Just occasionally you find yourself at an event where there is a sense of history in the air. So it was the other night at the Royal Society, when a small gathering of luminaries turned up to hear that extraordinary nonagenarian, the scientist James Lovelock.
They had all come: David MacKay, chief scientist at the Department of Energy and Climate Change; Michael Green, Lucasian professor of mathematics at Cambridge; Michael Wilson, producer of the James Bond movies; Chris Rapley, director of the Science Museum; and more. You knew why they had answered the Isaac Newton Institute’s invitation. They wanted to learn where one of the most interesting minds in science stood in the climate debate.
Lovelock has been intimately involved in three of the defining environmental controversies of the past 60 years. He invented an instrument that made it possible to detect the presence of toxic pollutants in the fat of Antarctic penguins — at roughly the same time as Rachel Carson wrote Silent Spring, her hugely influential book about pollution. In the 1970s the same instrument, his electron capture detector, was used to detect the presence of chlorofluorocarbons — CFCs — in the atmosphere. Although Lovelock mistakenly pronounced these chemicals as no conceivable toxic hazard, the scientists F Sherwood Rowland and Mario Molina later won the Nobel prize in chemistry for proving they were destroying the ozone layer.
Then, in 1979, Lovelock published the book-length version of his Gaia theory, which postulates that the Earth functions as a kind of super-organism, with millions of species regulating its temperature. Despite initial scepticism from the Darwinists, who refused to believe that individual organisms could act in harmony, the Gaia theory has been widely accepted and now underlies most atmospheric science.
What, I wondered, would be the great man’s view on the latest twists in the atmospheric story — the Climategate emails and the sloppy science revealed in the reports of the Intergovernmental Panel on Climate Change (IPCC)? To my surprise, he immediately professed his admiration for the climate-change sceptics.
“I think you have to accept that the sceptics have kept us sane — some of them, anyway,” he said. “They have been a breath of fresh air. They have kept us from regarding the science of climate change as a religion. It had gone too far that way. There is a role for sceptics in science. They shouldn’t be brushed aside. It is clear that the angel side wasn’t without sin.”
As we were ushered in to dinner, I couldn’t help wrestling with the irony that the so-called “prophet of climate change”, whose Gaia theory is regarded in some quarters as a faith in itself, was actively cheering on those who would knock science from its pedestal.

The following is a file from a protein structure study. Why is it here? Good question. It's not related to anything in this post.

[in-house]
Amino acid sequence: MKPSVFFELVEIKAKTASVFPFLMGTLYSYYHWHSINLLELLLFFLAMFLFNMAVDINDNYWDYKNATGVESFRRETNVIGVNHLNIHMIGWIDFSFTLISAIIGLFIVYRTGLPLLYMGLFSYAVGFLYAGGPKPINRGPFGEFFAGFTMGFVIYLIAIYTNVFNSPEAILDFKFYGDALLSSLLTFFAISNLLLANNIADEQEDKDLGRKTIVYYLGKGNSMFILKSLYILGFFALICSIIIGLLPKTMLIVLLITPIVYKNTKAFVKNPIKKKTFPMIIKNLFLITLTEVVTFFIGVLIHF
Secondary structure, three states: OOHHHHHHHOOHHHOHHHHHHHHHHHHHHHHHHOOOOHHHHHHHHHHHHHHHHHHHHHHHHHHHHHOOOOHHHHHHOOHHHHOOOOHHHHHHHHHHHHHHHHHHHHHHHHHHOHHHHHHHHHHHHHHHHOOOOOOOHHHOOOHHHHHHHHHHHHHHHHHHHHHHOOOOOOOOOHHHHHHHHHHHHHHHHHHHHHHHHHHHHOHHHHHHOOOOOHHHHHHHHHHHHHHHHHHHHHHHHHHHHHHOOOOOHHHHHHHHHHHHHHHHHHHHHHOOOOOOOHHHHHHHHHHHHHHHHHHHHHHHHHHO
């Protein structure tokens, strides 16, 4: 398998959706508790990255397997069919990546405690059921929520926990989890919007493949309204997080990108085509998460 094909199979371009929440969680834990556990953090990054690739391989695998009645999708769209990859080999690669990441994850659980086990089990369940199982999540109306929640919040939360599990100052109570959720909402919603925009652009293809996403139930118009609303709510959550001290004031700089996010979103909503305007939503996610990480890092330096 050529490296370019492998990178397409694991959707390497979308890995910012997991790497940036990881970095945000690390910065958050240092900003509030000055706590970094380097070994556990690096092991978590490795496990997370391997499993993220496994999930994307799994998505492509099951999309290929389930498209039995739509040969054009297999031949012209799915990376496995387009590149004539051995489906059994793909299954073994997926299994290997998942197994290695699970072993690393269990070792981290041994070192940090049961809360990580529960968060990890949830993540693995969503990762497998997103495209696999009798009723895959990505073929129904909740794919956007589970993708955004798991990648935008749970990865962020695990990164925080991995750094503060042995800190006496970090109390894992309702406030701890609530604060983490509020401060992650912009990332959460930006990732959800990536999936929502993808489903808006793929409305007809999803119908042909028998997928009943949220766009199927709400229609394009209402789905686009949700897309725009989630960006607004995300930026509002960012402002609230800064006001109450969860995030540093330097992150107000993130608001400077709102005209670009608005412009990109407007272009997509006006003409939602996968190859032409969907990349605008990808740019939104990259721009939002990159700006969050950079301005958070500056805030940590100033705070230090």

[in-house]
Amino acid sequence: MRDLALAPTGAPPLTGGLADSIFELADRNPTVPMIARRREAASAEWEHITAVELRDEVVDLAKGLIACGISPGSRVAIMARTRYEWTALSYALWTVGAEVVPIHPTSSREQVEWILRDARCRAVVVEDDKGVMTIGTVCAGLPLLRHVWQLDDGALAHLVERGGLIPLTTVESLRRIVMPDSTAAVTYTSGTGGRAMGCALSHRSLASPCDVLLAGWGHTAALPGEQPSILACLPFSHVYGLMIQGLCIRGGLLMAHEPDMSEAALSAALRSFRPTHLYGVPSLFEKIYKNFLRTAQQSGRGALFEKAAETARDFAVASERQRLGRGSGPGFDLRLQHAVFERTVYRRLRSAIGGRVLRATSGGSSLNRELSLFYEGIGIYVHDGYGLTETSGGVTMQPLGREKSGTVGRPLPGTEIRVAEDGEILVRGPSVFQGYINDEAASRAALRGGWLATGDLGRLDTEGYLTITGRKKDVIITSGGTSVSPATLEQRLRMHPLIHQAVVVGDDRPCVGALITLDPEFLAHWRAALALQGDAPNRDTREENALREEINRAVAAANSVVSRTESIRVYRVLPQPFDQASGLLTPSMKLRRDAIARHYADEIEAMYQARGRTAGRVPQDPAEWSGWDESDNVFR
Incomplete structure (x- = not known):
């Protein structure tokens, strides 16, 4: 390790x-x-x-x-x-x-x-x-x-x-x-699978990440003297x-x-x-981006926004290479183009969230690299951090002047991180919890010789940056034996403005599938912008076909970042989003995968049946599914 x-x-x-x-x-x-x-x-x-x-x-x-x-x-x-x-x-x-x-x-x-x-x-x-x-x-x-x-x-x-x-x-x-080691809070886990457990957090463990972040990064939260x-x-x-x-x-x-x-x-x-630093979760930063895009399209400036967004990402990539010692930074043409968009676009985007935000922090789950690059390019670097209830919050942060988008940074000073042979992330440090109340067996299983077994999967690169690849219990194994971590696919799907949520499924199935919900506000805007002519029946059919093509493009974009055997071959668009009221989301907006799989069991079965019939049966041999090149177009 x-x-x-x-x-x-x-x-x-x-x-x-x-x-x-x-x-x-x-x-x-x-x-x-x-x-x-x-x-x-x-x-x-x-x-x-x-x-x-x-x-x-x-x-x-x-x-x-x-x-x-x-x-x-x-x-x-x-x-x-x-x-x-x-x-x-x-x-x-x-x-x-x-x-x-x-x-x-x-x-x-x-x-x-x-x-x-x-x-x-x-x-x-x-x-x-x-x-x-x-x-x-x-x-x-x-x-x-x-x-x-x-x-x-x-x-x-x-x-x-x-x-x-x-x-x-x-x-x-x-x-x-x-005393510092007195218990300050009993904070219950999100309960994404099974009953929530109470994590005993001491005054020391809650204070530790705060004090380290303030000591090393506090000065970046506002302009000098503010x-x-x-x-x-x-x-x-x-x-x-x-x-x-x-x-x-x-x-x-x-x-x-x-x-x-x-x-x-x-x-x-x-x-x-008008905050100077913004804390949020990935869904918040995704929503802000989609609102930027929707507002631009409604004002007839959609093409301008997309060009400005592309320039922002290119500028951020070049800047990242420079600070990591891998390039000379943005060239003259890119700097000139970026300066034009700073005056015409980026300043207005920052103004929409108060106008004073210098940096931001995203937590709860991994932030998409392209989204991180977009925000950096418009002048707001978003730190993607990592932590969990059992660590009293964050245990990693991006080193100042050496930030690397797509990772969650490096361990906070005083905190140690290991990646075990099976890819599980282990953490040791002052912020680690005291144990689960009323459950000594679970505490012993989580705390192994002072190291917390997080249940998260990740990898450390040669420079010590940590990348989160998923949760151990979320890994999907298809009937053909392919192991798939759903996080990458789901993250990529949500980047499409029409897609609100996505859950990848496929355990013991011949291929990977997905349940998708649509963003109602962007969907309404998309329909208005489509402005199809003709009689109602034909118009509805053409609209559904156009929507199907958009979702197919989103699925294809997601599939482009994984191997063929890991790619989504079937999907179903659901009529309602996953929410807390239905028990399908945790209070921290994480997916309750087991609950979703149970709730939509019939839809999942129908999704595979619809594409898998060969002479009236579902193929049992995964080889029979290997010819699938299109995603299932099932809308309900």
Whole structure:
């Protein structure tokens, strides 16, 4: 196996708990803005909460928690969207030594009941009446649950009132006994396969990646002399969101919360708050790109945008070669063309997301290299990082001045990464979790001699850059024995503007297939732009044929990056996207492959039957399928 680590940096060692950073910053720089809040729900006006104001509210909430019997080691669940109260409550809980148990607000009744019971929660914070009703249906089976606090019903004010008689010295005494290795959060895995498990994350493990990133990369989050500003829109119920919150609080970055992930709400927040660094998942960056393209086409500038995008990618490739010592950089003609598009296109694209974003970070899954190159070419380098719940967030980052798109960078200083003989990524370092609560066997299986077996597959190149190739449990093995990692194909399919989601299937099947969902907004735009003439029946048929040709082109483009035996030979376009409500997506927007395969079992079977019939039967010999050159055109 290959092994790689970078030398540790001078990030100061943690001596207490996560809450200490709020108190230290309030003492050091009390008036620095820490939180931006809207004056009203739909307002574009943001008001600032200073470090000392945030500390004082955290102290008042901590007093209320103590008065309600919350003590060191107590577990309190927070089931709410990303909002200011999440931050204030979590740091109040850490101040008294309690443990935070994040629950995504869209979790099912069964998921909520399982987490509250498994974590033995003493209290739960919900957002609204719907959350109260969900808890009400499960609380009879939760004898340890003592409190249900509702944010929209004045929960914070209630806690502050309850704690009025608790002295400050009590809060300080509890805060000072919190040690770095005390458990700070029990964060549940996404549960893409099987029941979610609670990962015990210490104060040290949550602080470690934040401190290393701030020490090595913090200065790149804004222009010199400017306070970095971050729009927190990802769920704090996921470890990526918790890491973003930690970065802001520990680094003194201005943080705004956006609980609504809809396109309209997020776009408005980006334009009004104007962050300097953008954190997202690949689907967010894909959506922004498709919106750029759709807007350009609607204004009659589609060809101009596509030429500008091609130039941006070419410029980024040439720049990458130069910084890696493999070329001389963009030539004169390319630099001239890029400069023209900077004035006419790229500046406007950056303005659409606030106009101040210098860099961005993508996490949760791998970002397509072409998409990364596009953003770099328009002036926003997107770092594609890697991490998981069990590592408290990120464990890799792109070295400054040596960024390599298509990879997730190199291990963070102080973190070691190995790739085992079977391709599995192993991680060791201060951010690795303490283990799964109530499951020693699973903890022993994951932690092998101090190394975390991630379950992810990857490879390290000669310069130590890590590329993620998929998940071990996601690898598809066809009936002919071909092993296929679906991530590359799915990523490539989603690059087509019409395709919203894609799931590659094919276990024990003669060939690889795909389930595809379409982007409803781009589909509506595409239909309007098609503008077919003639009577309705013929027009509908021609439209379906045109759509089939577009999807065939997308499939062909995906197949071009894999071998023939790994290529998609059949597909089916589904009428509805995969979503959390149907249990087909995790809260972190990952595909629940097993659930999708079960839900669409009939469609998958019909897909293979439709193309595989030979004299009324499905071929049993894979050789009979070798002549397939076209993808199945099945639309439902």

Lovelock places great emphasis on proof. The climate change projections by the Meteorological Office’s Hadley Centre — a key contributor to the IPCC consensus — should be taken seriously, he said. But he is concerned that the projections are relying on computer models based primarily on atmospheric physics, because models of that kind have let us down before. Similar models, for example, failed to detect the hole in the ozone layer; it was eventually found by Joe Farman using a spectrometer.
How, asks Lovelock, can we predict the climate 40 years ahead when there is so much that we don’t know? Surely we should base any assumptions on things we can measure, such as a rise in sea levels. After all, surface temperatures go up and down, but the rise in sea levels reflects both melting ice and thermal expansion. The IPCC, he feels, underestimates the extent to which sea levels are rising.
Do mankind’s emissions matter? Yes, they undoubtedly do.
No one should be complacent about the fact that within the next 20 years we’ll have added nearly a trillion tons of carbon to the atmosphere since the industrial revolution. When a geological accident produced a similar carbon rise 55m years ago, it turned up the heat more than 5C. And now? Well, the effect of man-made carbon is unpredictable. Temperatures might go down at first, rather than up, he warns.
How should we be spending our money to prevent possible disaster? In Britain, says Lovelock, we need sea walls and more nuclear power. Heretical stuff, when you consider the vast amount that Europe plans to spend on wind turbines.
“What would you bet will happen this century?” a mathematician asked him. Lovelock predicted a temperature rise in the middle range of current projections — about 1C-2C — which we could live with. Ah, but hadn’t he also said there was a chance that temperature rises could threaten human civilisation within the lifetime of our grandchildren?
He had. In the end, his message was that we should have more respect for uncertainties and learn to live with possibilities rather than striving for the 95% probabilities that climate scientists have been trying to provide. We don’t know what’s going to happen and we don’t know if we can avert disaster — although we should try. His sage advice: enjoy life while you can.
The Sunday Times, 14 March 2010